Tuesday, 28 December 2010

My favourite film of 2010 is....


Because I understood it. Not in a "oh, so that's why the bad guy has world domination in his sights" way, but in that I got the characters and I could see things from their POV.

I've never stolen/implanted thoughts and memories from/into businessmen's minds, I've never created a world-wide networking phenomenon, I've never appeared in a burlesque show (that I know of!), and I've certainly never tumbled down a rabbit hole (anyone care to explain that Golden Globe nomination?!).

But I have been a teenage boy at school dreaming of becoming a superhero. I even got close every now and then. I never bought a dorky snazzy costume battlesuit, but I sure as hell designed one.

So it wasn't just about the incredibly fun fight scenes (which were miles better than anything else I've seen this year), or the witty, boundary-pushing dialogue. It was about the characters.

And it was brilliantly written. The most emotional and tense scene I've seen all year is when Hit Girl is trying to save Big Daddy and Kick-Ass after sending the room into darkness and slapping on some night-vision goggles. If you've seen it, you really know what I'm talking about - great stuff!

So, yep - Kick-Ass is my favourite film of 2010.

Worst film - a tossup between The Last Airbender and that Resident Evil film (I can't even remember the name!) They're both full of plot holes, terrible acting, and characters you have a) seen a million times before, and b) couldn't care less about. In the end, it all comes down to this question:

Which is worse:
a) Characters locked in prison (zombies outside). Finally let loose "sinister bloke" who "knows a way out". His way is to simply open a door to a large hanger (no-one has thought of looking in here before?!) to reveal a tank-like vehicle. Which they can't use because the engine has been taken out. So they go out another way.


b) A civilisation of people who can control water. Literally, they can lift it up and make it fly about. They live on an island surrounded by water. The Fire Nation arrive to declare war. Yes, FIRE! They come by boat. The Water dudes don't think of sinking the fecking ships!!!!

So, if I can decide which is worse, I have my least favourite movie of 2010. It's a tricky one. The Last Airbender had slightly better action sequences. But Resident Evil had more women in tight tops running around. And a woman in water. Hmm....

Anyway Kick-Ass is my favourite. Yay!!!

Have a shiny new year everyone!

Wednesday, 22 December 2010

Johnny Got His Gun

Have you heard of that film? Probably not. I came across Johnny Got His Gun when I was about 13 and it scared the hell out of me. It came out in 1971, an adaptation of Dalton Trumbo's novel of the same name. Trumbo also wrote and directed the film.
"I'm just like a piece of meat that keeps on living."
Joe, a young American soldier, is hit by a mortar shell on the last day of World War I. He lies in a hospital bed in a fate worse than death - a quadruple amputee who has lost his arms, legs, eyes, ears, mouth and nose. He remains conscious and able to think, thereby reliving his life through strange dreams and memories, unable to distinguish whether he is awake or dreaming.
The film haunted me for ages. Joe's story is told through flashbacks from his living hell of a hospital bed. At the time, I didn't quite understand everything that was going on. Joe is visited (during his flashbacks/dreams) by Jesus. I got that it was Jesus, but a lot of the film's religious imagery went over my head. I watched it a again about a year ago and got a better grip on the meaning.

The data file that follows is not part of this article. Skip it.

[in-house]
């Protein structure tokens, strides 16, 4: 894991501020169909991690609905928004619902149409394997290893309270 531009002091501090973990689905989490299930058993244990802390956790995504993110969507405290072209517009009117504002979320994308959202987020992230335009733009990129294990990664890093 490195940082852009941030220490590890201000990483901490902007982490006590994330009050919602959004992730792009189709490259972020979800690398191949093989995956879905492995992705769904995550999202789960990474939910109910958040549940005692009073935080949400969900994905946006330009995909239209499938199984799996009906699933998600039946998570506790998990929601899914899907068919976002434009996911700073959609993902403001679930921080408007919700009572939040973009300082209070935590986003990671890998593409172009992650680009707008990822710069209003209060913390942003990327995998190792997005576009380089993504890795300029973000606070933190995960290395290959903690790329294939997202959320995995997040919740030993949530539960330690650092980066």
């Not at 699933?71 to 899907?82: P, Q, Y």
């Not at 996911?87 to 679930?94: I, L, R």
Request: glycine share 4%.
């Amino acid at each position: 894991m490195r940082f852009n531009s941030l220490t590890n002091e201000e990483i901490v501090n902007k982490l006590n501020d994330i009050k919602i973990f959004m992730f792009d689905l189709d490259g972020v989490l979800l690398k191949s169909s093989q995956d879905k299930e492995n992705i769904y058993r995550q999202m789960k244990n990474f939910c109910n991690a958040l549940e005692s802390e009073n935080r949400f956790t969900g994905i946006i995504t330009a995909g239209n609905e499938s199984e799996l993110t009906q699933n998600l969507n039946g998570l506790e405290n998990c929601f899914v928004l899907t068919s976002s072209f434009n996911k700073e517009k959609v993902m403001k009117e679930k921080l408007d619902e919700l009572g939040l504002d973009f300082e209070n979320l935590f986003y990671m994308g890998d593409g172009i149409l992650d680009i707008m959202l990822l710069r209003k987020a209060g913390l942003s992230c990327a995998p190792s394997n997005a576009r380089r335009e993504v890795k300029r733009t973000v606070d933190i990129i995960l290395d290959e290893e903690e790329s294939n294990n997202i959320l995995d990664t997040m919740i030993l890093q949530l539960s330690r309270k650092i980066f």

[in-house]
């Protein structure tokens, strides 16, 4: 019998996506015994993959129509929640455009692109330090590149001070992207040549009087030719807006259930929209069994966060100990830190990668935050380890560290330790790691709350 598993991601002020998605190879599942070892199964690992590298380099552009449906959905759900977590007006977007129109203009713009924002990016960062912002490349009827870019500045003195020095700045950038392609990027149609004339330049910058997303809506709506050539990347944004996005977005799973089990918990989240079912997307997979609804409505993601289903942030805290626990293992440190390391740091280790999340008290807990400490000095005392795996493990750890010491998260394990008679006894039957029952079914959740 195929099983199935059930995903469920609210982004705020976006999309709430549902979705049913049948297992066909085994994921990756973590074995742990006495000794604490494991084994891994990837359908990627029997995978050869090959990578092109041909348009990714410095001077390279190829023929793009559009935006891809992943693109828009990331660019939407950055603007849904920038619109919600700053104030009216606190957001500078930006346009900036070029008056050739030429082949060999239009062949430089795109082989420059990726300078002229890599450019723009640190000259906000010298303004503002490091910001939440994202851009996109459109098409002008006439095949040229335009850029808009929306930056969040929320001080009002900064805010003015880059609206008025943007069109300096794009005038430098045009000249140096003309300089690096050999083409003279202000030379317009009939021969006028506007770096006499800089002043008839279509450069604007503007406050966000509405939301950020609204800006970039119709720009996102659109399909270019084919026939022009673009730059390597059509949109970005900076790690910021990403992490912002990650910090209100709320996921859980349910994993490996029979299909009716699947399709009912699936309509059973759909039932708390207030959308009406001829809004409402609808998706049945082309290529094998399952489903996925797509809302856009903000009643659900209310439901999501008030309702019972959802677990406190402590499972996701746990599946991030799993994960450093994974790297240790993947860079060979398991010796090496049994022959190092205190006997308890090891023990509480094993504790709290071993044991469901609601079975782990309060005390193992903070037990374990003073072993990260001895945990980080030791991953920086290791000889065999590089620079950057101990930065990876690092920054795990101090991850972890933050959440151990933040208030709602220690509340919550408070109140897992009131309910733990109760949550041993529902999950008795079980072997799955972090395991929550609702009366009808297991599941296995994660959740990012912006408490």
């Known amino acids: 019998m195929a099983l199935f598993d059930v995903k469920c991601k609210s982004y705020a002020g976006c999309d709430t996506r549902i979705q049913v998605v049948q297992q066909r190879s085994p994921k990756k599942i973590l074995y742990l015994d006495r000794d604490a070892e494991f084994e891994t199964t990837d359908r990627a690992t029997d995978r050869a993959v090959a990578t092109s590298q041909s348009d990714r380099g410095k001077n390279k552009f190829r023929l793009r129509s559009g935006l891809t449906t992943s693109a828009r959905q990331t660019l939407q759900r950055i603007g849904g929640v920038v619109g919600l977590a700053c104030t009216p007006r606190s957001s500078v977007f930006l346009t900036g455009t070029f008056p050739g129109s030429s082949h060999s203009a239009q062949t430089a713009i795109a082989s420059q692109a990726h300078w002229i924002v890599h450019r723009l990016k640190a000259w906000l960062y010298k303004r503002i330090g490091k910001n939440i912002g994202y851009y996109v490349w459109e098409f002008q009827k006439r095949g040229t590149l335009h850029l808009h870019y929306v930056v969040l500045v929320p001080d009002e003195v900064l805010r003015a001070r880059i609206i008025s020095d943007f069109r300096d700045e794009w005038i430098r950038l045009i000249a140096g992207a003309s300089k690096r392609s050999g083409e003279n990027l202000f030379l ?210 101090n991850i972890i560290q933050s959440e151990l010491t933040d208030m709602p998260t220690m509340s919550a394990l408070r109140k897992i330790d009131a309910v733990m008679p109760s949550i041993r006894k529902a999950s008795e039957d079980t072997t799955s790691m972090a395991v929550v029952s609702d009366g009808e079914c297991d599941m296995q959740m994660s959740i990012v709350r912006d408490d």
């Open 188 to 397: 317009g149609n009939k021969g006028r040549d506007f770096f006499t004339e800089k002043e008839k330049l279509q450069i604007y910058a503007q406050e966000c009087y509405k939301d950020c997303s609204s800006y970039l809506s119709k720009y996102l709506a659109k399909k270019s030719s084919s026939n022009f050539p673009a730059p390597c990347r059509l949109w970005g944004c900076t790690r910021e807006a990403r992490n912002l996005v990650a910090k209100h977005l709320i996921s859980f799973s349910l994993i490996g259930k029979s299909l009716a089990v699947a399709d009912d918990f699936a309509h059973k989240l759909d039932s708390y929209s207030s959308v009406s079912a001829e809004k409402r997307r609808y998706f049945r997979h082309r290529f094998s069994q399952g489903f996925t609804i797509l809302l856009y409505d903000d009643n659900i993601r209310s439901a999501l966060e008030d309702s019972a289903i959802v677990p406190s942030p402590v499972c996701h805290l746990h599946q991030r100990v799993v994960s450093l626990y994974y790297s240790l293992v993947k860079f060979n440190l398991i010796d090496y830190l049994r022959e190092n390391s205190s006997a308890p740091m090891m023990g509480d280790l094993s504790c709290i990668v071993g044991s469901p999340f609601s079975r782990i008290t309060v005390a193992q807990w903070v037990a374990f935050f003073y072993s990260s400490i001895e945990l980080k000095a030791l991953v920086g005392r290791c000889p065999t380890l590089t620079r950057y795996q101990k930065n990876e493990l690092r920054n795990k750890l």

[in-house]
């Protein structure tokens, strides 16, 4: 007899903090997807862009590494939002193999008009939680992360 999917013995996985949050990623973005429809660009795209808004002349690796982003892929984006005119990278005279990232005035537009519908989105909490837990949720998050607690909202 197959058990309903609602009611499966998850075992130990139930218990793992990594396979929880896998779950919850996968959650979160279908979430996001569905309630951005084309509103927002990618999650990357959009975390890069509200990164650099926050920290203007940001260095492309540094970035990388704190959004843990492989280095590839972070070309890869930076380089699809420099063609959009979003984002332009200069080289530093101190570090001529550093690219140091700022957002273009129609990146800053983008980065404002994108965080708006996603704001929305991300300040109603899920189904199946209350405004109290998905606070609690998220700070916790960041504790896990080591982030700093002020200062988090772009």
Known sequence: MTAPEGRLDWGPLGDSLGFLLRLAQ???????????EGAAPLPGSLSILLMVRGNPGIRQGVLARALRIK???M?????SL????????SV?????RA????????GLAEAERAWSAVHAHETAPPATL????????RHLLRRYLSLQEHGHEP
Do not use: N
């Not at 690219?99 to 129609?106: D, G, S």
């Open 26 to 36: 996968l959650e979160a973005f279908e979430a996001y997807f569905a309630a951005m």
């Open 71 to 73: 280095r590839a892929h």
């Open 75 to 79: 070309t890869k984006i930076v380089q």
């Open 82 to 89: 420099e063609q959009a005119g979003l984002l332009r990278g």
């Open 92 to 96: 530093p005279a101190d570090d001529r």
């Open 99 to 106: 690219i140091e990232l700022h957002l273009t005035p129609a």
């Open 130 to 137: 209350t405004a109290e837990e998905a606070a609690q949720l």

The scene below is particularly disturbing - Jesus telling Joe that there is hope. But as the scene progresses, God is forced to admit that there are some people even he can't help. For a religious person, that must be rather terrifying.

It's not the best film in the world. It's not amazing or fantastic. There's quite a bit of over-writing and the acting is sometimes painful. But the idea, the simple premise, is undeniably effective. I haven't told anyone about the film and not seen a disturbed face looking back at me.

So I've only seen the film twice and that's more than enough for me, thanks. Obviously it stuck a chord with James Hetfield, because Metallica bought the rights for the movie and released One back in 1988.

What say you? Anyone else out there seen this movie and were you as disturbed as I was? Any other films had that effect on you?

Friday, 17 December 2010

Songs that tell stories

I've said before that music is a huge influence when I'm writing. The playlist is a powerful weapon for getting you in the mood for what you're writing. But songs also tell stories that can directly influence - and sometimes create - a story. Here are a few:

Pearl Jam - Betterman

Metallica - One
NB: this song was entirely influenced by Johnny Got His Gun (the movie featured in this video)

The Who - Behind Blue Eyes

Metallica - Low Man's Lyric

Dire Straits - Brothers in Arms

Johnny Cash - Folsom Prison Blues

The Rolling Stones - Angie

Bob Dylan - Going Going Gone

Kim Richey - A Place Called Home

Pearl Jam - Deep

Feel free to share your own story-telling songs in the comments.

Monday, 13 December 2010

3 hours and 2 pages later.....

.....I finished the latest rewrite of my hour-long drama.

WARNING: this story will be partially told through feline images.
I met with my uni tutor last week to talk over my script. All in all, good response, but some key issues with character motivation and plausibility - this is always a thing with my early drafts. One problem involved a flashback. It's a little too tricky to explain (and you probably couldn't care less on a Monday morning), but this flashback needed to do several things: